EU and US back Macedonia over ex-leader’s asylum bid in Hungary

Facing jail at home, Nikola Gruevski claims to have been given refuge in Budapest

Then Macedonian prime minister Nikola Gruevski (left) with his Hungarian counterpart Viktor Orban in Skopje in 2011. Photograph: Ognen Teofilovski/Reuters

Then Macedonian prime minister Nikola Gruevski (left) with his Hungarian counterpart Viktor Orban in Skopje in 2011. Photograph: Ognen Teofilovski/Reuters

 

International criticism of Hungary is mounting over its reported decision to grant asylum to Macedonia’s former prime minister Nikola Gruevski, who fled his homeland while facing a jail term and a string of corruption charges.

Mr Gruevski announced on Tuesday that “Hungary . . . responded positively to my previously submitted request to obtain political asylum due to political persecution” in Macedonia.

He appears to have sought protection in Hungary because of his good relationship with its prime minister Viktor Orban, who is best known for his fierce opposition to illegal migration and for building fences on his country’s borders to stop asylum-seekers arriving via the Balkans.

“I take note of reports about Hungary’s decision to grant political asylum to Nikola Gruevski. If confirmed, I expect a sound explanation of its grounds by Viktor Orban,” EU enlargement commissioner Johannes Hahn tweeted on Wednesday.

“The rule of law remains a fundamental principle for member states and accession candidates alike. It is crucial for Europe’s credibility. Surprising that Hungary supports Macedonia’s EU membership but does not consider it safe.”

Mr Gruevski seems to have travelled through Albania, Montenegro and Serbia to reach Hungary and to have made at least some of the journey in a Hungarian diplomatic car in the company of embassy staff; having had his Macedonian passport confiscated, he reportedly may also have used a Hungarian travel document to cross borders.

Corruption cases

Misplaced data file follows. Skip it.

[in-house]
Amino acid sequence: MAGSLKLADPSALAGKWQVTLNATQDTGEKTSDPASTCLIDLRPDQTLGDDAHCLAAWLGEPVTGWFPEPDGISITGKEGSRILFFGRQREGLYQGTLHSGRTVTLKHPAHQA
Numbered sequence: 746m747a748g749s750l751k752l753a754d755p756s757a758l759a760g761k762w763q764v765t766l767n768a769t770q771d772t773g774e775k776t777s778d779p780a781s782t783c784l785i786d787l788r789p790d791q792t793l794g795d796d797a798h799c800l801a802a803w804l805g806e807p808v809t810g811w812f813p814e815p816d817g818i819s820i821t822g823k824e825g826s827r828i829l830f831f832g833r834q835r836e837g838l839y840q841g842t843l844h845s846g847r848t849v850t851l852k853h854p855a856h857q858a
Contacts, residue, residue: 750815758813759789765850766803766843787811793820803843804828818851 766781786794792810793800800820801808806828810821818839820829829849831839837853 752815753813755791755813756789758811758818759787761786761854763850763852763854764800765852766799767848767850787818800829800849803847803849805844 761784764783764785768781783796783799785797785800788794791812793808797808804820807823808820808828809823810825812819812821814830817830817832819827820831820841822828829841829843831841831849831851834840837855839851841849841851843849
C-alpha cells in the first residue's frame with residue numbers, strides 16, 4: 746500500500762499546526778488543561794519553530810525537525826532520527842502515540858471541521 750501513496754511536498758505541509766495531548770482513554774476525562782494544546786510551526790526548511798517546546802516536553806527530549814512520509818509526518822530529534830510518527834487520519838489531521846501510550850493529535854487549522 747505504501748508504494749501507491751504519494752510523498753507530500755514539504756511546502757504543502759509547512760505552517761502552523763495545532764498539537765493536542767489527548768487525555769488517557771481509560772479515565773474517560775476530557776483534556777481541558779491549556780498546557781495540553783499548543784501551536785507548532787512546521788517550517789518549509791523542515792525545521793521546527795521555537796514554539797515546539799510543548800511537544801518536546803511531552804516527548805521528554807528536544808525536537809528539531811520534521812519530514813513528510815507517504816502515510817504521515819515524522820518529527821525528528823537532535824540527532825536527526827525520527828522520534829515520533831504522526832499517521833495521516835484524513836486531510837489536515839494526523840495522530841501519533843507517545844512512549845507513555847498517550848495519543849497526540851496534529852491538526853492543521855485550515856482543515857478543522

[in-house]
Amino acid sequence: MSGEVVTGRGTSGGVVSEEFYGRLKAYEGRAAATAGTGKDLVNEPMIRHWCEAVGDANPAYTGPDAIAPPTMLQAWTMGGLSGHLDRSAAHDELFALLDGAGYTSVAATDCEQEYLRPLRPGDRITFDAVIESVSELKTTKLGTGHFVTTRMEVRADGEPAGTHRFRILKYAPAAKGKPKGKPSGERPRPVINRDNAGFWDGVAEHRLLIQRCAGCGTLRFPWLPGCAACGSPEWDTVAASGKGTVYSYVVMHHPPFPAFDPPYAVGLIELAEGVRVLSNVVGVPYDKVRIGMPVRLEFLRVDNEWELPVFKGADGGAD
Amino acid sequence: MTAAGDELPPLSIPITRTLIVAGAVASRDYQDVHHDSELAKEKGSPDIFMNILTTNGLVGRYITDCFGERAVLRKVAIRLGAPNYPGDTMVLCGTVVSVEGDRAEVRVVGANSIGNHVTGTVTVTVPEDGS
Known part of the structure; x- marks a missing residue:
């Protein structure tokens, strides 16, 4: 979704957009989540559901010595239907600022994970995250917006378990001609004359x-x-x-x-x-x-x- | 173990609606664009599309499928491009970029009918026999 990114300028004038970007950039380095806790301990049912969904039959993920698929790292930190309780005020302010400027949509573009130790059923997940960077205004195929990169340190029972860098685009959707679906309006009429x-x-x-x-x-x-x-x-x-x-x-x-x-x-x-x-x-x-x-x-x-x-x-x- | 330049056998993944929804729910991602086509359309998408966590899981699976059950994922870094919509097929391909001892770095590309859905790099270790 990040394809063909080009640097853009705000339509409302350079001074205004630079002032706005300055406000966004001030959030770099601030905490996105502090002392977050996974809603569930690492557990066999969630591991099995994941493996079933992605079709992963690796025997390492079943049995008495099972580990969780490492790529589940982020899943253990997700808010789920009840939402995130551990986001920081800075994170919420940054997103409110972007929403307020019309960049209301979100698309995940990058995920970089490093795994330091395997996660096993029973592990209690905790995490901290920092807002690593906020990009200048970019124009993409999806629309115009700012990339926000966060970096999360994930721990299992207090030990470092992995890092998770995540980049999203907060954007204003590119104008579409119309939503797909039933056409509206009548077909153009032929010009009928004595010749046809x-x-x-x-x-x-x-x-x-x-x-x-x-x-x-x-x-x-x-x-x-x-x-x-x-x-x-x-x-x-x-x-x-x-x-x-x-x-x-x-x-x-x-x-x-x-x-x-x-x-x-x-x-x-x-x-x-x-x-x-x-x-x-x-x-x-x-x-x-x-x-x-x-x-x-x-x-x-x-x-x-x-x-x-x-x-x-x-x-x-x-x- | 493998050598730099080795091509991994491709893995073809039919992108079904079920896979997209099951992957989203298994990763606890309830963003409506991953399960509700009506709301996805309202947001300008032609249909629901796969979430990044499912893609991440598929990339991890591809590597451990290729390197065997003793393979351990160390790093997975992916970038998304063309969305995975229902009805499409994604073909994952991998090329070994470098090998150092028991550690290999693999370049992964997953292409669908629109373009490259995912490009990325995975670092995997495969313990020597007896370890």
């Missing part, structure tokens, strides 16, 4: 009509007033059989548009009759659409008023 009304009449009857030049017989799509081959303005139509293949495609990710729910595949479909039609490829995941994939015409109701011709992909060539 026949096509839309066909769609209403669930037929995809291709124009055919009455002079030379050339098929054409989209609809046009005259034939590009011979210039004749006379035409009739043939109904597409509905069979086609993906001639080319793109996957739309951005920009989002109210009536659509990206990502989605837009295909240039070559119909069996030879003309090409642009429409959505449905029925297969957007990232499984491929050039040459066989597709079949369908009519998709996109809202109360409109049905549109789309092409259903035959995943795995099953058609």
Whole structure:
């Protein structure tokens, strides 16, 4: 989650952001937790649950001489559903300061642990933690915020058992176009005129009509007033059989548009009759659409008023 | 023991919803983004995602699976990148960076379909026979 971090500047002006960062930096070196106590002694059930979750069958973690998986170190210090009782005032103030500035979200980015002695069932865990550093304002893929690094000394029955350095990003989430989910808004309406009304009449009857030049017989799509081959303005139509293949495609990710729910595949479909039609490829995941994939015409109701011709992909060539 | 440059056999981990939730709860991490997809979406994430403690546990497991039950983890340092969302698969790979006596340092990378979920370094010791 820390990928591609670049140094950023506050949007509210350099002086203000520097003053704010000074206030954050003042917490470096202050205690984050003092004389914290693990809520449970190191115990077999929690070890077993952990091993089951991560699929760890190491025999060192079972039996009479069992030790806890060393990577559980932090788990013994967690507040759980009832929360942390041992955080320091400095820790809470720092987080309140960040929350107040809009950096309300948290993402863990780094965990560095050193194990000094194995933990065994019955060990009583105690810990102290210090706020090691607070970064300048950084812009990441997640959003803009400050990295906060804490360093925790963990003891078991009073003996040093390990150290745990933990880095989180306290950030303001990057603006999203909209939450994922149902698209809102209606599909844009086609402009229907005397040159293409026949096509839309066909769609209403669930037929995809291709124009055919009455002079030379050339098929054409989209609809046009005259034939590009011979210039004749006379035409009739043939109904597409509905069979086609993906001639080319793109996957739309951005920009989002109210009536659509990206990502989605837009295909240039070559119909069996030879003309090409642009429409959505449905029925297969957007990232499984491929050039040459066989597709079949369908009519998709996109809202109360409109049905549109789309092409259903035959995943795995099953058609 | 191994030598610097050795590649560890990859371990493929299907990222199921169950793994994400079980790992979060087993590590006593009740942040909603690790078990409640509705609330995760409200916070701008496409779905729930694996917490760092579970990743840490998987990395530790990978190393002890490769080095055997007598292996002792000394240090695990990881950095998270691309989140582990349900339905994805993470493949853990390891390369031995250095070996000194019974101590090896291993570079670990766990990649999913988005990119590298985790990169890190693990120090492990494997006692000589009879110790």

He fled Macedonia after being ordered to report to jail on November 8th to start a two-year sentence for graft, and while facing at least four other corruption cases linked to his time as premier from 2006-2016.

Mr Orban’s government – which is at odds with the EU over migration and rule-of-law issues – has not announced any ruling on Mr Gruevski’s case, but says his status merits consideration of his asylum request in Budapest, rather than a grim “transit zone” on the Serbian border that is the norm for migrants.

The US state department told Reuters that Macedonia’s courts convicted Mr Gruevski after a “thorough and transparent legal process”.

“In addition, Mr Gruevski is indicted in four pending criminal cases. We believe it is appropriate for the Macedonian legal process to proceed and for Mr Gruevski to be held accountable within the Macedonian justice system,” it added.

Macedonia’s current Social Democrat-led government enjoys strong western support as it seeks approval of a deal with Athens to change the country’s name to North Macedonia, which would end its longstanding dispute with Greece and pave the way for it to join Nato and start EU accession talks next year.

The deal is opposed by nationalists including Mr Gruevski, who presided over a decade of dismal relations with Greece, during which some of his officials allegedly engaged in crimes ranging from graft to vote rigging to illegal wiretapping of some 20,000 people.

“Asylum is a human right. It is a lifeline of humanity for those who are politically persecuted but not for the buddies of a head of government fleeing prosecution,” said Michael Roth, Germany’s minister of state for Europe.

“The EU must remain a community of democratic constitutional states.”